For on this day He shall effect atonement for you to cleanse you. Before the Lord, you shall be cleansed from all your sins.
    (Vayikra 16, 30)

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  • הכותל

    Rosh Hashana 5778

    Kingship, Faith, and Hope – Rosh Hashana
    Rabbi Shmuel Rabinowitz, Rabbi of the Western Wall and Holy Sites

    This Wednesday evening, we will be celebrating Rosh Hashana – two days (Thursday and Friday) that mark the beginning of a new year in the Jewish calendar year.  The name Rosh Hashana (literally meaning “Head of the Year”) comes from the book of Yechezkel referring to the entire Hebrew month of Tishrei, the first month of the year.  In the Torah, this holiday is called “Yom Tru’a” (meaning Day of the Shofar Blast) for the main commandment of the holiday: blowing the shofar.

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  • הכותל

    Nitzavim-Vayelech 5777

    Desolation, Flourishing, and Then…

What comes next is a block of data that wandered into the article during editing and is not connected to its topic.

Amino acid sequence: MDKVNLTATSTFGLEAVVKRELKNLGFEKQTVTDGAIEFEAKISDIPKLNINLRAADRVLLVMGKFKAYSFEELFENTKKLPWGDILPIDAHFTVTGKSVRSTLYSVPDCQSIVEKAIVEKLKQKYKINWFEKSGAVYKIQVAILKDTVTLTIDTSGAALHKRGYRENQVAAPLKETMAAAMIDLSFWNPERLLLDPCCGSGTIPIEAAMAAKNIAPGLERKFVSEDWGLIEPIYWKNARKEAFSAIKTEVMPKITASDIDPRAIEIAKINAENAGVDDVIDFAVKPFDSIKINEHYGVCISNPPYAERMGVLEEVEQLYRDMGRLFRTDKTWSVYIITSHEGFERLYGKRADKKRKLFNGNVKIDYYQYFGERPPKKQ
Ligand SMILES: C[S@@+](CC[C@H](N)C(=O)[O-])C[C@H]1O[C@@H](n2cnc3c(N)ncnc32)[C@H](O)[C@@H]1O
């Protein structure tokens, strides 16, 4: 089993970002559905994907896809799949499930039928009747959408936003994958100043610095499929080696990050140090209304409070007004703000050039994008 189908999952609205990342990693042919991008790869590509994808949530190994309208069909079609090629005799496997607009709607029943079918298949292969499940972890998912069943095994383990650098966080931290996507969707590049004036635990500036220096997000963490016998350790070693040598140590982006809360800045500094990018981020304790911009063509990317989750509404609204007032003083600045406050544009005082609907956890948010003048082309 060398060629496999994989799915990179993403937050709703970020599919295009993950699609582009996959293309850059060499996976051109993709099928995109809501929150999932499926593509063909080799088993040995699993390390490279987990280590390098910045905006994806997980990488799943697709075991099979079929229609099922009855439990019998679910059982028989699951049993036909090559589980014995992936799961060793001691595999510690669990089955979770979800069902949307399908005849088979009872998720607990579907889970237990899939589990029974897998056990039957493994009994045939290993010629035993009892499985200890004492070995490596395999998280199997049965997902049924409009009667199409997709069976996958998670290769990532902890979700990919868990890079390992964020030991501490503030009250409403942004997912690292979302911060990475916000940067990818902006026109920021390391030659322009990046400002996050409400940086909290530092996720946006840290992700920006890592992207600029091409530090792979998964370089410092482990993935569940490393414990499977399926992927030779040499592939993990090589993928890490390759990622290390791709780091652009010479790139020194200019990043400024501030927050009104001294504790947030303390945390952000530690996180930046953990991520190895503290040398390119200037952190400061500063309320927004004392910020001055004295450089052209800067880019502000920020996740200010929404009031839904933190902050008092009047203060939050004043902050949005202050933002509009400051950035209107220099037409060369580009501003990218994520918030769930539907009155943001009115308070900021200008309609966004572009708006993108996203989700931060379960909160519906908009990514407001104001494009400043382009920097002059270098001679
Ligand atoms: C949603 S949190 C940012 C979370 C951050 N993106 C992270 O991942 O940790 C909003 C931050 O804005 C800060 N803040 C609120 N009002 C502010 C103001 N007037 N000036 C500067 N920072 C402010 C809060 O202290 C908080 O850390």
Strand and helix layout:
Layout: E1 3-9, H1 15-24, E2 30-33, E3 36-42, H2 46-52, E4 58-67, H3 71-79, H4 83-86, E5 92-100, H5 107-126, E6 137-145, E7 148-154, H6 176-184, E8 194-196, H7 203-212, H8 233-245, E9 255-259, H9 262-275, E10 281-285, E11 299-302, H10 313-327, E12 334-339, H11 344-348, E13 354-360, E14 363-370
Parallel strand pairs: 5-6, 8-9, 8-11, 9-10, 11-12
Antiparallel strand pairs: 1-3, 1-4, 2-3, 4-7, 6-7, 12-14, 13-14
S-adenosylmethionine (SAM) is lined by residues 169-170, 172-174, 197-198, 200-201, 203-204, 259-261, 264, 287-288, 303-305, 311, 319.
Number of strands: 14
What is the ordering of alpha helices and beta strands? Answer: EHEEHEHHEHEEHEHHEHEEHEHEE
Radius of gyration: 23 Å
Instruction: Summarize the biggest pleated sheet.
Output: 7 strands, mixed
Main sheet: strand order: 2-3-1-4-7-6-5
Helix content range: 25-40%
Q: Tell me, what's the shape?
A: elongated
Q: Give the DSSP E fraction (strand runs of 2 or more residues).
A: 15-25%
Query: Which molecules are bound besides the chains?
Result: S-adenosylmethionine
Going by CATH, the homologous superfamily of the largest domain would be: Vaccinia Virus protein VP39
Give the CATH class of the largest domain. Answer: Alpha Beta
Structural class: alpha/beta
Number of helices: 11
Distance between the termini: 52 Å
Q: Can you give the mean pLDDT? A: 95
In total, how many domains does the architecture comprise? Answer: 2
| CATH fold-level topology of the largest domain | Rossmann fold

Rabbi Shmuel Rabinowitz, Rabbi of the Western Wall and Holy Sites

    This Shabbat we will read two short parashot – Nitzavim and Vayelech – describing the covenant ceremony Moshe held for Am Yisrael before the nation entered the Land of Israel.  In this ceremony, Moshe speaks about the anticipated process of settling in the land, after which there will be a long exile followed by the merciful return of the nation to its land.
    In his description of the future state of the land during the long years of exile, Moshe describes utter desolation and destruction:
    And a later generation, your descendants, who will rise after you, along with the foreigner who comes from a distant land, will say, upon seeing it sulfur and salt have burned up its entire land! It cannot be sown, nor can it grow [anything], not [even] any grass will sprout upon it.
    (Dvarim 29, 21-22)

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  • הכותל

    Ki Tavo 5777

    The Power of Gifts to the Poor - From Egoism to Altruism
    Rabbi Shmuel Rabinowitz, Rabbi of the Western Wall and Holy Sites

    At the beginning of this week’s parasha, Ki Tavo, we read about two “agricultural” commandments that can only be fulfilled in the Land of Israel and which deal with the relationship between man and the harvest grown in his field.  One is the mitzvah of “bikurim”, first-fruits, and the other is “ma’aser ani”, poor man’s tithe.